A blog dedicated to providing quotes by and posts relating to one of the most influential (and quotable!) authors of the twentieth century, G.K. Chesterton (1874-1936). If you do not know much about GKC, I suggest visiting the webpage of the American Chesterton Society as well as this wonderful Chesterton Facebook Page by a fellow Chestertonian

I also have created a list detailing examples of the influence of Chesterton if you are interested, that I work on from time to time.

(Moreover, for a list of short GKC quotes, I have created one here, citing the sources)

"...Stevenson had found that the secret of life lies in laughter and humility."

-Heretics (1905)

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"The Speaker" Articles

A book I published containing 112 pieces Chesterton wrote for the newspaper "The Speaker" at the beginning of his career.

They are also available for free electronically on another blog of mine here, if you wish to read them that way.




Monday, May 2, 2011

"Even where his view was not the highest truth, it was always a refreshing and beneficent heresy."

Thus it was with Carlyle: he startled men by attacking not arguments but assumptions. He simply brushed aside all the matters which the men of the nineteenth century held to be incontrovertible, and appealed directly to the very different class of matters which they knew to be true. He induced men to study less the truth of their reasoning, and more the truth of the assumptions upon which they reasoned. Even where his view was not the highest truth, it was always a refreshing and beneficent heresy. He denied every one of the postulates upon which the age of reason based itself. He denied the theory of progress which assumed that we must be better off than the people of the twelfth century. Whether we were better than the people of the twelfth century according to him depended entirely upon whether we chose or deserved to be.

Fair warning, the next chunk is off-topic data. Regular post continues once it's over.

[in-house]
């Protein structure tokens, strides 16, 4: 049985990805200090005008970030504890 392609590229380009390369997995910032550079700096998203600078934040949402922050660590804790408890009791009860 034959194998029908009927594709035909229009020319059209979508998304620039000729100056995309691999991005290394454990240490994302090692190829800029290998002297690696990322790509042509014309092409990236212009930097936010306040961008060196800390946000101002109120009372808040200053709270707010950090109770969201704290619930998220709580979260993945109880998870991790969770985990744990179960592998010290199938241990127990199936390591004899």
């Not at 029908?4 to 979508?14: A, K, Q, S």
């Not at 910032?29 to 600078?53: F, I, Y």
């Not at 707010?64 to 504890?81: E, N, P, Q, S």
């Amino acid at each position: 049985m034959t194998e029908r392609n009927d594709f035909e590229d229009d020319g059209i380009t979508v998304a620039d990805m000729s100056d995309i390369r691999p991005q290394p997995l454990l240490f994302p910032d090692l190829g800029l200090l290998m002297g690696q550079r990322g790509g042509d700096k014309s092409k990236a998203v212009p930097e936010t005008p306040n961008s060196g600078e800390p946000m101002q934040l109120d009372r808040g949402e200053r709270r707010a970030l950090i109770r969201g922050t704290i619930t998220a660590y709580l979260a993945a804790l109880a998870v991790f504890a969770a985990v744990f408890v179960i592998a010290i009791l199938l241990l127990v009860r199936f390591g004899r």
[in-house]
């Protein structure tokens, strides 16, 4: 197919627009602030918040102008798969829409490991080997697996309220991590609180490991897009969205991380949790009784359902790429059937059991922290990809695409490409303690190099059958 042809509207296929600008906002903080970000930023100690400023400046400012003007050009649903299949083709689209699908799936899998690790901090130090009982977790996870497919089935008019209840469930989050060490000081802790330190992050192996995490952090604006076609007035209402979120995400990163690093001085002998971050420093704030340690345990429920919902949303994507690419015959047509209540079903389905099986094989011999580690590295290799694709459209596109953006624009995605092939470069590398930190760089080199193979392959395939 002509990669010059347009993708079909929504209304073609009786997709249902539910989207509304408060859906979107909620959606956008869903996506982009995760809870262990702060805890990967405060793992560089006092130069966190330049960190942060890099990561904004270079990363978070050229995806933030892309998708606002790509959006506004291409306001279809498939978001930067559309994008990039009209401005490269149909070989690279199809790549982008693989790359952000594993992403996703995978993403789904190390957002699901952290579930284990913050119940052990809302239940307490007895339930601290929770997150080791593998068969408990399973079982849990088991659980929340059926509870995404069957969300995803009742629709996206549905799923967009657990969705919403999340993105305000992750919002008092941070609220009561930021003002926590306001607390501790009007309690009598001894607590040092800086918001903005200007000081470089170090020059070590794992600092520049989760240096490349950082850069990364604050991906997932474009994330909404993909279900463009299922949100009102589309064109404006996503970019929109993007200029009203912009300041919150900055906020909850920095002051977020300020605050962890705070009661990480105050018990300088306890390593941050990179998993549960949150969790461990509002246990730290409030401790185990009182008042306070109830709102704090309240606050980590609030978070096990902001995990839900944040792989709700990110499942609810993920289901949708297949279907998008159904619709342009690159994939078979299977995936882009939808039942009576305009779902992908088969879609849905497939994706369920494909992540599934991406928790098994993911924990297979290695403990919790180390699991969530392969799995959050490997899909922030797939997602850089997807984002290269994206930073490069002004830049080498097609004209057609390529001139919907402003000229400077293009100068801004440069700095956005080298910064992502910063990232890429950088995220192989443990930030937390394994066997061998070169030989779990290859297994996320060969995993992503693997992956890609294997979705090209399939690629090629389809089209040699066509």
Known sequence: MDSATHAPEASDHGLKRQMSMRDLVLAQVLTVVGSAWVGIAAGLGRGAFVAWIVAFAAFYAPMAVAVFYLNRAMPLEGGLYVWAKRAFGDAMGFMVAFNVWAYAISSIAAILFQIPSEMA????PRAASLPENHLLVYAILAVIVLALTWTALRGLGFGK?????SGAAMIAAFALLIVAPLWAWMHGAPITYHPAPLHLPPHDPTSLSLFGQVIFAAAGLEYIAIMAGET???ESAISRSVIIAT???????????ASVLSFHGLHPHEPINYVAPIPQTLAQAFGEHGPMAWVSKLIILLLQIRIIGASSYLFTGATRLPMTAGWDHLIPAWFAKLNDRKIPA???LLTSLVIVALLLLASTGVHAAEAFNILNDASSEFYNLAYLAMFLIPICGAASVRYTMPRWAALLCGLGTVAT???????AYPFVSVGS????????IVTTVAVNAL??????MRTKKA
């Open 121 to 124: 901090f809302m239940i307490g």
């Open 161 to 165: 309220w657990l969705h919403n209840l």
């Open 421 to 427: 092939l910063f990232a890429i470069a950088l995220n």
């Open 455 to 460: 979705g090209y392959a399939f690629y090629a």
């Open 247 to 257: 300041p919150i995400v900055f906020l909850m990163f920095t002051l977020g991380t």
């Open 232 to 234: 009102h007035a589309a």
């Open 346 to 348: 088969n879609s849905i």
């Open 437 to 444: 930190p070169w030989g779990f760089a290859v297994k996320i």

He denied every type and species of prop or association or support which threw the responsibility upon civilisation or society, or anything but the individual conscience. He has often been called a prophet. The real ground of the truth of this phrase is often neglected. Since the last era of purely religious literature, the era of English Puritanism, there has been no writer in whose eyes the soul stood so much alone.

Carlyle was, as we have suggested, a mystic, and mysticism was with him, as with all its genuine professors, only a transcendent form of common-sense. Mysticism and common-sense alike consist in a sense of the dominance of certain truths and tendencies which cannot be formally demonstrated or even formally named. Mysticism and common-sense are alike appeals to realities that we all know to be real, but which have no place in argument except as postulates

-Twelve Types (1902)

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